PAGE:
Known at the time as Schloss Wartenberg, it was constructed as a summer residence for senior SS officer Otto von Wachter, the governor of the Kraków District in Hans Frank's General Government.
Whilst it cannot be disputed that Warsaw paid a heavy price for the death of SS beast Franz Kutschera, it should also be remembered that public executions ceased two weeks after the action.
Said to be written by an SS officer in 1947, the letter is the first documentary evidence that Raphael’s Portrait of a Young Man was transported at the end of the war from Kraków to Germany.
The dig at an old orangery in the palace grounds in the village of Minkowskie is being carried out by the Silesian Bridge Foundation which says it has a war diary written by a Waffen SS officer at the end of the war.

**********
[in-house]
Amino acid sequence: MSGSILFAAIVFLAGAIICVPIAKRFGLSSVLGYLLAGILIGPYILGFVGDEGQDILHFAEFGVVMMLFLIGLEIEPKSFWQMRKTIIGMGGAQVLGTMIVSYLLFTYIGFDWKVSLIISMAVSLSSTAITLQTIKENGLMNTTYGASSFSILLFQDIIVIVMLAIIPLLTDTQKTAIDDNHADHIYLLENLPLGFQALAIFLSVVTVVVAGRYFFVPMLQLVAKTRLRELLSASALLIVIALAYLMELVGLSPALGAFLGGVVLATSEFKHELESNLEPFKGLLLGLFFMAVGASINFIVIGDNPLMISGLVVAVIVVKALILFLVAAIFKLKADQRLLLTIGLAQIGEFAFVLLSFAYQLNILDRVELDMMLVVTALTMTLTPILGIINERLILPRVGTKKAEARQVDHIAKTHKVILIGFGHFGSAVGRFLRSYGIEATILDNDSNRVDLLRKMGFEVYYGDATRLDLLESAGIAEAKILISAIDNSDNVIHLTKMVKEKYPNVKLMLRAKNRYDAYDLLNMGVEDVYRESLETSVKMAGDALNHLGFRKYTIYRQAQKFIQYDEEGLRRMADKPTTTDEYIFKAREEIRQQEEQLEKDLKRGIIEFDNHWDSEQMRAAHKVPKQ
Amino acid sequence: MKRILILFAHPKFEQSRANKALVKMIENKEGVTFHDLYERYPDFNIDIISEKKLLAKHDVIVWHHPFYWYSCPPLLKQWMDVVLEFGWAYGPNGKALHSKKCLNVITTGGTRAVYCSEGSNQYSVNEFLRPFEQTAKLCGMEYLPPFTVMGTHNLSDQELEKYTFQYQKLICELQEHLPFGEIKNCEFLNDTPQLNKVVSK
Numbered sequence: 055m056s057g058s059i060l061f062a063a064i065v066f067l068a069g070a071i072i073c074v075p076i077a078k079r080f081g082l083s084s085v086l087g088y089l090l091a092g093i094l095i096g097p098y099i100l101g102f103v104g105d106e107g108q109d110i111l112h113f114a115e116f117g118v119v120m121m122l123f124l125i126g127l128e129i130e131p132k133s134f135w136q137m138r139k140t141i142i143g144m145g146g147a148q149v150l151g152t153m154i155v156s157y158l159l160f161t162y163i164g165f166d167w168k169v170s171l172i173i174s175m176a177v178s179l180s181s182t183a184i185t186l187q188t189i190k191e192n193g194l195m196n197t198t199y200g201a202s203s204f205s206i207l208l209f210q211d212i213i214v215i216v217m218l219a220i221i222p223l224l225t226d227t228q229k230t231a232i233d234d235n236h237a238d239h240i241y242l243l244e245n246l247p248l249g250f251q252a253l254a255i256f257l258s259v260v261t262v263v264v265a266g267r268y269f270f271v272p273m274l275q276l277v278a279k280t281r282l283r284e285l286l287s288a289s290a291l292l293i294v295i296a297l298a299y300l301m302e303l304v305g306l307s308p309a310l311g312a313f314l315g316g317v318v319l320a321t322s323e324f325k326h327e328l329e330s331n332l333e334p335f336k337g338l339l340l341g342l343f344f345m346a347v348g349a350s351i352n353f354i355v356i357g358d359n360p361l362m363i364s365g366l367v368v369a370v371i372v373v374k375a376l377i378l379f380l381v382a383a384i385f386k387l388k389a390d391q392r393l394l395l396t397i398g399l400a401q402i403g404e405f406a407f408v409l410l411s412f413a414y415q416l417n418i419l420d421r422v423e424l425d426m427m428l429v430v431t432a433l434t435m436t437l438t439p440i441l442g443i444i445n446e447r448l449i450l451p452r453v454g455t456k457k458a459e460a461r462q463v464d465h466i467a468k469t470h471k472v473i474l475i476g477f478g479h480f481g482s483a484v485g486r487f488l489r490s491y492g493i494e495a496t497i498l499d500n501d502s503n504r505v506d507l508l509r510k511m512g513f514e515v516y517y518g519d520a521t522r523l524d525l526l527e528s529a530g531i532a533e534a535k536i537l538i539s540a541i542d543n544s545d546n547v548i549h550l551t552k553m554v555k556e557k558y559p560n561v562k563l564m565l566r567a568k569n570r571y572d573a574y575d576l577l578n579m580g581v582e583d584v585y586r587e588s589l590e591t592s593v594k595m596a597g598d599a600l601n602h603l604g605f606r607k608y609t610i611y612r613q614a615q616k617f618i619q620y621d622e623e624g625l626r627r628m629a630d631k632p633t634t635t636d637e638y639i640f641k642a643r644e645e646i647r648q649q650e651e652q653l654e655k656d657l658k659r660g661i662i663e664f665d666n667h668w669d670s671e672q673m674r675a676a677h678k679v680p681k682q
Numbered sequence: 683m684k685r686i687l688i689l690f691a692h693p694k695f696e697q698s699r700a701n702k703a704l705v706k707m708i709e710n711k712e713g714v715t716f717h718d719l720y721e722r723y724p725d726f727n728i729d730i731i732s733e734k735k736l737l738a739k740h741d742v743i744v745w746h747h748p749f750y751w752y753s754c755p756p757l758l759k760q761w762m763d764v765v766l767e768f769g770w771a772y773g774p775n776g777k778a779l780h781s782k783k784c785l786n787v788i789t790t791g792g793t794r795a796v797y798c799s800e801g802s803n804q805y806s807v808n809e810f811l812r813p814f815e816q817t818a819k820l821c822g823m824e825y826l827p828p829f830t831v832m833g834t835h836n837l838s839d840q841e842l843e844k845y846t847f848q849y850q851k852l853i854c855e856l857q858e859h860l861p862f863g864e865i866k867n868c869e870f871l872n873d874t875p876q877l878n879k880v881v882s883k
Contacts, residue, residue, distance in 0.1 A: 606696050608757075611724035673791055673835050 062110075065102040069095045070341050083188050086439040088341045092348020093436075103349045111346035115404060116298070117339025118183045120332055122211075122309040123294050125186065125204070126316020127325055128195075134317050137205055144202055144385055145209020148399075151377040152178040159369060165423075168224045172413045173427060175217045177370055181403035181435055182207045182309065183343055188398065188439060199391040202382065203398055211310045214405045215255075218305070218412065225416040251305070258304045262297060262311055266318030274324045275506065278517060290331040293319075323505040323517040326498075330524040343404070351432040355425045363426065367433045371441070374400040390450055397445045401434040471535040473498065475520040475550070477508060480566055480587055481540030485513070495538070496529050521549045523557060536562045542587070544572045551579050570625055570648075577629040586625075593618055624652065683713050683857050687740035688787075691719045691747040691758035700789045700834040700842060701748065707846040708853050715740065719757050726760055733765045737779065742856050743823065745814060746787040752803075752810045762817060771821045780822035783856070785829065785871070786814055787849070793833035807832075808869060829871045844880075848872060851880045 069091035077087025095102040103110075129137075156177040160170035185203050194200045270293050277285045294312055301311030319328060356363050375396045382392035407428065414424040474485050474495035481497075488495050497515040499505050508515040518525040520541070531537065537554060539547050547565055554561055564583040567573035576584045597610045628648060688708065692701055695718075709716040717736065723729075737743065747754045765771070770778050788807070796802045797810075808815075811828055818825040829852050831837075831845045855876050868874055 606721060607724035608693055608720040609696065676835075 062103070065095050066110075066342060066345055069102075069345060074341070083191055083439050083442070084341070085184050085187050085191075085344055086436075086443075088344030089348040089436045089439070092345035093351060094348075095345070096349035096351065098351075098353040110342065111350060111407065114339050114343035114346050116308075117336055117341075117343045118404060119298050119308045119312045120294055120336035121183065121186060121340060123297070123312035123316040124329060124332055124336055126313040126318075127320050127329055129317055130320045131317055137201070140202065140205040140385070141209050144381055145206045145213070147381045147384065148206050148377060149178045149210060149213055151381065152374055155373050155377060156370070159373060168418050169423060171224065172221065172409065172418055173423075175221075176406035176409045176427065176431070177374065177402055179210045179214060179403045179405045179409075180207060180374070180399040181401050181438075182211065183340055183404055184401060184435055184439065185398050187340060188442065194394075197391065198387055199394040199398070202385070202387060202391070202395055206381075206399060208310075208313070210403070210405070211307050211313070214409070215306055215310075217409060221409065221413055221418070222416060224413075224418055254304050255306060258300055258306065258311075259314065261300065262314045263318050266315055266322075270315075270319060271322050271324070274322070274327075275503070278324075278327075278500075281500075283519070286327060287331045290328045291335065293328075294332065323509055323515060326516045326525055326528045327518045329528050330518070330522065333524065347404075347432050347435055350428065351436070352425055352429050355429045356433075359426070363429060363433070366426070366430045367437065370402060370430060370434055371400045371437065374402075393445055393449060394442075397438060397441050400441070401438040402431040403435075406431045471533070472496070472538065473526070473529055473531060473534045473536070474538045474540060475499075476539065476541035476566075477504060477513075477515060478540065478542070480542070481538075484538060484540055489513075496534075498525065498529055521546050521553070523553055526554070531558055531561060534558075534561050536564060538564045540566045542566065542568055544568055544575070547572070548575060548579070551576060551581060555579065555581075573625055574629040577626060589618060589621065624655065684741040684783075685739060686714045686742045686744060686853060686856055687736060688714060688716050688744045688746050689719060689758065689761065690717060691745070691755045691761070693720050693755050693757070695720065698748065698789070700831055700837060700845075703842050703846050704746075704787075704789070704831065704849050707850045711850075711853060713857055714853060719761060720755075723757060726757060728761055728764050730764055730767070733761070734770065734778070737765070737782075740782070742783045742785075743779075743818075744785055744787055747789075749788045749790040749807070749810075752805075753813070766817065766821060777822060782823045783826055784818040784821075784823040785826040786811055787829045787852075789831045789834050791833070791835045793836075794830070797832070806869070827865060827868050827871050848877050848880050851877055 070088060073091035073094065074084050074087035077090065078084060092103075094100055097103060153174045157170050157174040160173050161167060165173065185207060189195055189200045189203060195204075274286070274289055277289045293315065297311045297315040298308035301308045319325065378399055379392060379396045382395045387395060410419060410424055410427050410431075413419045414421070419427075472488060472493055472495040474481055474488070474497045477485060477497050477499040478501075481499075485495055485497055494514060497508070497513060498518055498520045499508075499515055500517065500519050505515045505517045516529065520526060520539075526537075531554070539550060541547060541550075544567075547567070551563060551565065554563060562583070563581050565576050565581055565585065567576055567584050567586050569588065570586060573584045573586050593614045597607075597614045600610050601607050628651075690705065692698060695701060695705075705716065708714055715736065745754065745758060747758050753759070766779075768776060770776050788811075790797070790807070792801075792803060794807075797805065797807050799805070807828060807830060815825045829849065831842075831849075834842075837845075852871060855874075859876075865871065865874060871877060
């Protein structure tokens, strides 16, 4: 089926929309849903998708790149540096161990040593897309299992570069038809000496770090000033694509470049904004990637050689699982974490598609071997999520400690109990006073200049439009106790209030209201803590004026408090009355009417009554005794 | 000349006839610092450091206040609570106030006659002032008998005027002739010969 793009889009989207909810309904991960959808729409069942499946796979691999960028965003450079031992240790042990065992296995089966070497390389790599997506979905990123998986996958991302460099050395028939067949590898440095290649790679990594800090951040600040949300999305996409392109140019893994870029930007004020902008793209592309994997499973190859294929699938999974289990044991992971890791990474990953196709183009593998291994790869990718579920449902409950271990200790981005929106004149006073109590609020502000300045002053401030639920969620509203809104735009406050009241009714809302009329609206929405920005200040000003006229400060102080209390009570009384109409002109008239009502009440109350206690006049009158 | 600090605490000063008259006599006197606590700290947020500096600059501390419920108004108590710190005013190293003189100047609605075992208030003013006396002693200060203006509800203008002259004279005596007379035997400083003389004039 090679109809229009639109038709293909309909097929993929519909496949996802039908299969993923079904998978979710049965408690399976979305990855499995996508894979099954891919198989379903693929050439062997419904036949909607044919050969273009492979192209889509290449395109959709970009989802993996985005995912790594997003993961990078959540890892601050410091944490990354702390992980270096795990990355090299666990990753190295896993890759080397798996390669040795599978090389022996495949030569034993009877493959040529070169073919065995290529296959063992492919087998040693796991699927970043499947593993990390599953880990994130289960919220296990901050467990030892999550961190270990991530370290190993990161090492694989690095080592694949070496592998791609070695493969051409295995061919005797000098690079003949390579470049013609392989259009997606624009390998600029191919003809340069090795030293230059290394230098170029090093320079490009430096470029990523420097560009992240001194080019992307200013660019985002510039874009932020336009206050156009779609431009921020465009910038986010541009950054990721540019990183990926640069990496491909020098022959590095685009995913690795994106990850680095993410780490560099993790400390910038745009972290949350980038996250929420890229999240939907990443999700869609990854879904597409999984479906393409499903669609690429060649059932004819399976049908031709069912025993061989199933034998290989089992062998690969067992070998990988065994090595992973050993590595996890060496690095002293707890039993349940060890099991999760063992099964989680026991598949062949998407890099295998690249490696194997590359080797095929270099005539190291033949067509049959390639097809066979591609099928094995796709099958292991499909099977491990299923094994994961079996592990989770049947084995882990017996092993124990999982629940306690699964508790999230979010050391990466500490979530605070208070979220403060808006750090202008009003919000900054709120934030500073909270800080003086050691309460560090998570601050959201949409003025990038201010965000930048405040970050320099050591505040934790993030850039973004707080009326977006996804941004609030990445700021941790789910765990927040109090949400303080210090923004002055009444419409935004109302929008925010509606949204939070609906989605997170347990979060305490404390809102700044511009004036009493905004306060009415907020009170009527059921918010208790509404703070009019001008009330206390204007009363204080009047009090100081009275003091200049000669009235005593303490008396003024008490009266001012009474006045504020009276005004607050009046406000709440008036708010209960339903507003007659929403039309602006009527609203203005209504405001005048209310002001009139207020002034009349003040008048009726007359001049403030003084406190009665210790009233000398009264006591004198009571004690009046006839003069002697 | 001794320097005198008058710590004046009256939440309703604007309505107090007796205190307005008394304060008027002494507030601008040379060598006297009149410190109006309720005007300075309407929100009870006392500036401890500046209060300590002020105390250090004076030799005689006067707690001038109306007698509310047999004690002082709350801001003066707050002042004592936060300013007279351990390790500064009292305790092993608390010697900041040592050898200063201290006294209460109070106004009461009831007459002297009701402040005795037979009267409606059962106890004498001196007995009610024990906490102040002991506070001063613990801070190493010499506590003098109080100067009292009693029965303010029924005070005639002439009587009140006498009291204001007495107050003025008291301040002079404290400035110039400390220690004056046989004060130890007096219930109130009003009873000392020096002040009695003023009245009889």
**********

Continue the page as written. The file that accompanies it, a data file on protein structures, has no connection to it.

Treasure hunters say they have located 10 tonnes of Nazi gold worth nearly half a billion pounds that was stolen by SS chief Heinrich Himmler at the end of WWII in order to establish a Fourth Reich.
Consisting of 126 sheets and containing 31 of SS monster Jurgen Stroop's daily reports and 53 photographs, the document details the course of the Jewish uprising, a list of the units and people involved in the operation, as well as the reality of fighting in the ghetto.
The Germans planned to turn Auschwitz into a model Nazi town, and in doing so planted trees.
The gold worth billions of euros as well as other valuables are said to be 60 metres underground at the bottom of a disused well in the grounds of the Hochberg Palace in Roztoka, near Wałbrzych. The claim comes from a 75-year-old diary which describes the operation to hide treasure controlled by SS chief Heinrich Himmler.